Fantasy Records is a United States-based record label that was founded by Max and Sol Weiss in 1949 in San Francisco, California. They had previously operated a record-pressing plant called Circle Record Company (unrelated to the Circle Records label) before forming the Fantasy label. The early years of the company were dedicated to issuing recordings by Dave Brubeck, Cal Tjader, Vince Guaraldi, and other jazz artists. The label was the first to record in-person performances by Lenny Bruce. (More from Wikipedia)
Another tragic example is that of Creedence Clearwater Revival; their recording contract with Fantasy Records is widely regarded as the worst ever of any major recording artist in this country.
The acrimony among the bandmembers started not long after “Suzie Q” became a hit. Eventually, John Fogerty refused to work with Fantasy at all, and he made only minimal contributions to the band’s final album in 1972, Mardi Gras.
John Fogerty refused to perform any of his Creedence Clearwater Revival songs for many years in order to prevent any future proceeds from going to Fantasy Records owner Saul Zaentz, and this naturally hampered his efforts to start a solo career in the early 1970’s. Ultimately, John Fogerty signed away all of his rights to the Creedence material in the mid-1970’s, in exchange for being able to get out from under the CCR’s onerous recording contract – the band still owed the label eight (!) more albums at that point.
When David Geffen’s Asylum Records purchased his recording contract for $1,000,000 from Fantasy Records (later joined by Warner Bros. Records) – though those rights applied only for North America; Fogerty’s worldwide rights remained with Fantasy – John Fogerty finally was able to re-establish himself as a major rock artist with his 1985 hit album Centerfield. Fogerty couldn’t resist tweaking his old nemesis Saul Zaentz at Fantasy with two other tracks, “Mr. Greed” and “Zanz Kant Danz” (about a pig who can’t dance but would “steal your money”); after a while, he was forced to change the name of the latter song to “Vanz Kant Danz”.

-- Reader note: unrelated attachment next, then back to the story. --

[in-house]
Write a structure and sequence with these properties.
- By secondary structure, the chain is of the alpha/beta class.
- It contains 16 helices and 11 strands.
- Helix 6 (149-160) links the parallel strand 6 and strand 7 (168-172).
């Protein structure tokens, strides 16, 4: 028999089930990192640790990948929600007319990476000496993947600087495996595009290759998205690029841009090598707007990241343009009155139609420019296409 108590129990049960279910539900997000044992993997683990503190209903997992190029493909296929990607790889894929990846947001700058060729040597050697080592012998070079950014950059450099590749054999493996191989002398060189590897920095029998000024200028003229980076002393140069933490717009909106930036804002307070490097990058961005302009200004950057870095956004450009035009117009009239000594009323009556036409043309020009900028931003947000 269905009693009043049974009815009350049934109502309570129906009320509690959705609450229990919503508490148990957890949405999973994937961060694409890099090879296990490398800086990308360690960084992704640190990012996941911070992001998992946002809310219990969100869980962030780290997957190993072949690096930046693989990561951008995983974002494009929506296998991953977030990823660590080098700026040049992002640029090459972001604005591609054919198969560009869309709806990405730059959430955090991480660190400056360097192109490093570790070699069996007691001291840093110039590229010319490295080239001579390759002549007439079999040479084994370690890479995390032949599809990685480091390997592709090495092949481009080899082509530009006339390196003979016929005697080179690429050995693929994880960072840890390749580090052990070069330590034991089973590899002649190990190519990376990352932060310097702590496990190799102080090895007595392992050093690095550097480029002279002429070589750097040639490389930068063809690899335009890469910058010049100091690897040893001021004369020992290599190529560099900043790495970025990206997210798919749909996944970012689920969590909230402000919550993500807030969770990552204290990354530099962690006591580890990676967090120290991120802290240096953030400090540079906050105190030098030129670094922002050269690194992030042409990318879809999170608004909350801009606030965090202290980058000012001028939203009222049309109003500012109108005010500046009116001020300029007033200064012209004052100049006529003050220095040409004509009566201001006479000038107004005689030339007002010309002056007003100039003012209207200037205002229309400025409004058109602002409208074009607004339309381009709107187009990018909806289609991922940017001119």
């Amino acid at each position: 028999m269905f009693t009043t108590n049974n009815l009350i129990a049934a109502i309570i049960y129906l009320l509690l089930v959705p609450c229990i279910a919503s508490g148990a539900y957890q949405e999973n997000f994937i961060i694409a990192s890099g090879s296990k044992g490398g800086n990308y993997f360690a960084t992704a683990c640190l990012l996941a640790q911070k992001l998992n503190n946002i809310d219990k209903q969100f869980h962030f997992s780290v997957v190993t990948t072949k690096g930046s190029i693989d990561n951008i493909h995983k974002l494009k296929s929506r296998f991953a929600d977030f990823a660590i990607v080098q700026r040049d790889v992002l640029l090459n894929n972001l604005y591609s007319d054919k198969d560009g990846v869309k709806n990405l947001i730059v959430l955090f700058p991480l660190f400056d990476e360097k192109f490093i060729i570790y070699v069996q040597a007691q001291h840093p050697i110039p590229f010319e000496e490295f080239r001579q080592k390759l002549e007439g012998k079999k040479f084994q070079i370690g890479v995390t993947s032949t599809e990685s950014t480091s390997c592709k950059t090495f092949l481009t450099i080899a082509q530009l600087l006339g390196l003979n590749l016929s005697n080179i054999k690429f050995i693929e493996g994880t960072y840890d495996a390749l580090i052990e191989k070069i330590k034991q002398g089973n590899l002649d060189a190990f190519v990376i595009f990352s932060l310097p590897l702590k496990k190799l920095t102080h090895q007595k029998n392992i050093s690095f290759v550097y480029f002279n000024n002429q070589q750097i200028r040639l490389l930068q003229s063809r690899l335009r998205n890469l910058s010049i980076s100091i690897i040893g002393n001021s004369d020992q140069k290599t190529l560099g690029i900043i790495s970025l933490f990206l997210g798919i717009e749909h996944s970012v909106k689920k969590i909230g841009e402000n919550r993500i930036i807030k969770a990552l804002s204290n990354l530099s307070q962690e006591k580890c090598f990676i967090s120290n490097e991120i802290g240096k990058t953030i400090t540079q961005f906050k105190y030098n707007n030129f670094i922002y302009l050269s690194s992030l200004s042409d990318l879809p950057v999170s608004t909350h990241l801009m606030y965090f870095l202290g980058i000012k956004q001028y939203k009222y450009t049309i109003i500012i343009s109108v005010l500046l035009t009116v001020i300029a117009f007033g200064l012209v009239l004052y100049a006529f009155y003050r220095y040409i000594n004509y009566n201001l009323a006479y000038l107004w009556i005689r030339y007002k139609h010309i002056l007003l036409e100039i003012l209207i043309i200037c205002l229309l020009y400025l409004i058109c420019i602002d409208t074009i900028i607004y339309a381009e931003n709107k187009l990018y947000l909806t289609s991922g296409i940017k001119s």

Saul Zaentz perhaps sought revenge by suing John Fogerty for $1,000,000 over another hit single from the same album, “The Old Man Down the Road”, alleging that the song basically had the same chorus as the 1970 Creedence Clearwater Revival song “Run through the Jungle” – essentially, Fogerty was being sued for plagiarizing himself! After John Fogerty was able to establish in court that the two were separate songs, he then counter-sued Saul Zaentz for his legal expenses – a case that went all the way to the U. S. Supreme Court.